Grammar Note: The progressive form (a.k.a “-ing” form in English) in Japanese is not used with existential verbs because the very conjugation in Japanese utilizes an existential verb. Meaning, such a form would be semantically redundant.
Orthography Note: For the meaning of “possession,” ある is often seen spelled as 有る, but this spelling can also substitute other potential Kanji spellings.
It is also possible to use ある in the same sense as “to occur” when used with entities that relate to situations. In this situation, the location of where said situation occurs is marked with で.
There was an accident.
There was an earthquake in Nara.
There is (going to be) a town festival.
I really wonder if [there was something/something had happened] between the offender and the victim?
Sentence Note: Ex. 25 is a great example of how the meaning of “to occur” is an offshoot of expressing the location of something pertinent to said place. The particle で isn’t possible here because the situation between the two people aforementioned is presumed to be far more serious and longstanding. In other words, what ある is referring still likely refers to actions, but those actions are a part of a greater situation. So, when the agent(s) find themselves in a predicament, think にある.
Existing is Living
Although this section may seem contradictory once the other existential verb いる is formally introduced, another offshoot meaning of ある that stems from its use of marking existence is that something exists/is alive in this world.
The living ultimately die, so I wish to have fun while I am (alive) in this world.
That jizo statue currently resides in this temple.
Sentence Note: Ex. 27 demonstrates how this meaning can be used figuratively to personify the 地蔵 as a living entity within the temple.
Orthography Note: For this usage, you may rarely see ある spelled as 存る.
When paired with the quotation particle と, ある stands for the situation being quoted, most often in written form with which the speaker has come to find out about it. This usage is often paraphrased to と書いてある, which utilizes the て form and ある combined (see next lesson).
We have no choice if it’s a command.
It is written in the Bible that, “In the beginning, God created the heavens and the earth.”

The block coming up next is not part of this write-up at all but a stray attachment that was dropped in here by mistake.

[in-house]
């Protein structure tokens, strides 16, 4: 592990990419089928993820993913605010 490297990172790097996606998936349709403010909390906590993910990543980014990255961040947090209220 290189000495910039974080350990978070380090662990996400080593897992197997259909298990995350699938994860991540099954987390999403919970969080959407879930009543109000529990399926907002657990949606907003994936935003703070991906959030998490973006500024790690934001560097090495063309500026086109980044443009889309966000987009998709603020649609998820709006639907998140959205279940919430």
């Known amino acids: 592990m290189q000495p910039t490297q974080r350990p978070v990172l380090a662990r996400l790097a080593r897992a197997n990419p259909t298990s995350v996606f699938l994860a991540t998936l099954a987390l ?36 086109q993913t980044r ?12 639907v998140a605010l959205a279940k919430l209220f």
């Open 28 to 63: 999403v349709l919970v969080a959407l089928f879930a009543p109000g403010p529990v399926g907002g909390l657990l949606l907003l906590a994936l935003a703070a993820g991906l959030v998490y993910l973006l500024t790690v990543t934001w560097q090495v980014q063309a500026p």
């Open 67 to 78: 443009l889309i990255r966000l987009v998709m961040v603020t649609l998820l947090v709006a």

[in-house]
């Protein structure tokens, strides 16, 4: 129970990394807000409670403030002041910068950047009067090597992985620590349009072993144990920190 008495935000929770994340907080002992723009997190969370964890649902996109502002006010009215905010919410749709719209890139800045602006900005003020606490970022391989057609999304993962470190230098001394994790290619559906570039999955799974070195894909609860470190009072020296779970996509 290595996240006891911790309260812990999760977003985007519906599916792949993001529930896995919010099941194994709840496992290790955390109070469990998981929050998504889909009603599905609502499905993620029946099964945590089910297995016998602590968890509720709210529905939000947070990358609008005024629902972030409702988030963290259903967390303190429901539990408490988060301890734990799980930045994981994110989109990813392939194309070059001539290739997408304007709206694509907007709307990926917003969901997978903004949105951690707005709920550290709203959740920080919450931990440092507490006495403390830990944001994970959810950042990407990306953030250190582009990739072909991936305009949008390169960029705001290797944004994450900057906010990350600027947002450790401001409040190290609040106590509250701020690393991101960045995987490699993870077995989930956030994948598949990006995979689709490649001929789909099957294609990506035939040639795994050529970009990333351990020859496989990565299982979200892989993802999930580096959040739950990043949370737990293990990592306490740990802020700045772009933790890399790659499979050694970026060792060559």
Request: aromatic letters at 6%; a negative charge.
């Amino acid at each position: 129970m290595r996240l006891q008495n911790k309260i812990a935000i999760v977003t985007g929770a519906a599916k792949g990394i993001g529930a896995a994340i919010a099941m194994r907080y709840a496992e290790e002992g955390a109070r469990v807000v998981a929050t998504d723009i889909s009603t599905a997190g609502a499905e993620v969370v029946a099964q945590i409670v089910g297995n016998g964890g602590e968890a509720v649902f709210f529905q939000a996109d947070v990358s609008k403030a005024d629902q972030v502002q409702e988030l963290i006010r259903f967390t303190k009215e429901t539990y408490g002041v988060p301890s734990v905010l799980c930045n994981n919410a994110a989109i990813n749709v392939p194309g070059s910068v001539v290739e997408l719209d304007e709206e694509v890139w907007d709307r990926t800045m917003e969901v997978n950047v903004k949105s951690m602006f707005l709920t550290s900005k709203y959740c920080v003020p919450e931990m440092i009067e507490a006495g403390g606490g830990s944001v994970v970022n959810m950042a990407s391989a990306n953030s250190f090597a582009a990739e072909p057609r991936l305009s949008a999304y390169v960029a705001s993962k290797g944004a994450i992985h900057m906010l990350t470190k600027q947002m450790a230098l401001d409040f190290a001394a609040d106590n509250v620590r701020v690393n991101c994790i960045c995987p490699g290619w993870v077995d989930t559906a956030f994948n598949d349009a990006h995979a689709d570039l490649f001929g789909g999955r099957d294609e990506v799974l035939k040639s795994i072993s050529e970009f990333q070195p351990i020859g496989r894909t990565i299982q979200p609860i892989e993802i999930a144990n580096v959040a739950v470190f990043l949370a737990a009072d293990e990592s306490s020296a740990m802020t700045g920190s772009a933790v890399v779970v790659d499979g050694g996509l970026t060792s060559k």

Whenever you wish to say “some/a certain…” without explicitly stating what it is – whether it be a time, place, object, etc. – you can use ある before said noun.
I was asked (of this) by a certain person.
Long time ago, there was an old man and an old woman.
Sentence Note: In older language, ある regularly indicated the existence of entities regardless of whether the entity was inanimate or not. Although ある does still indicate circumstances people find themselves in, aside from that, the verb itself in modern speech is hardly paired with entities that are alive. This, however, is a recent change in the language, and narrating a story from the past would certainly be great context to utilize older wording.
Another reason for opting for ～がありました would be to firmly establish their presence/existence in both time and space. For now, though, we’ll hold off for just a bit how いる, the other existential verb, would sound in this sentence to first get properly acquainted with it.
Orthography Note: When spelling ある in Kanji for this meaning, only 或(る) is used.
The Verb いる: Conjugations
The verb いる is a regular Ichidan verb whose basic conjugations are as follows:
|Conjugation||Plain Speech||Polite Speech|
Meanings of いる
In Modern Japanese, いる is primarily used to mark the existence of something that is both animate (moving or capable of moving) and alive (or at least made out to be alive).
Mr. Sato was not at home.
There are all sorts of animals in this park.
There were over 50 gorillas.
God is always right by your side.
However, as its Kanji spelling 居る implies, it can be used to broadly demonstrate the existence of anything on the move, while also simultaneously indicating where it is in time and space. This is why it is so commonly used in reference to vehicles.
I believe the bus is still at the bus station.
Whenever there is a crane in the adjacent lane, I wonder whether it’s going to come collapsing down.
There are several cars in the passing lane.
There is the evening star, Venus.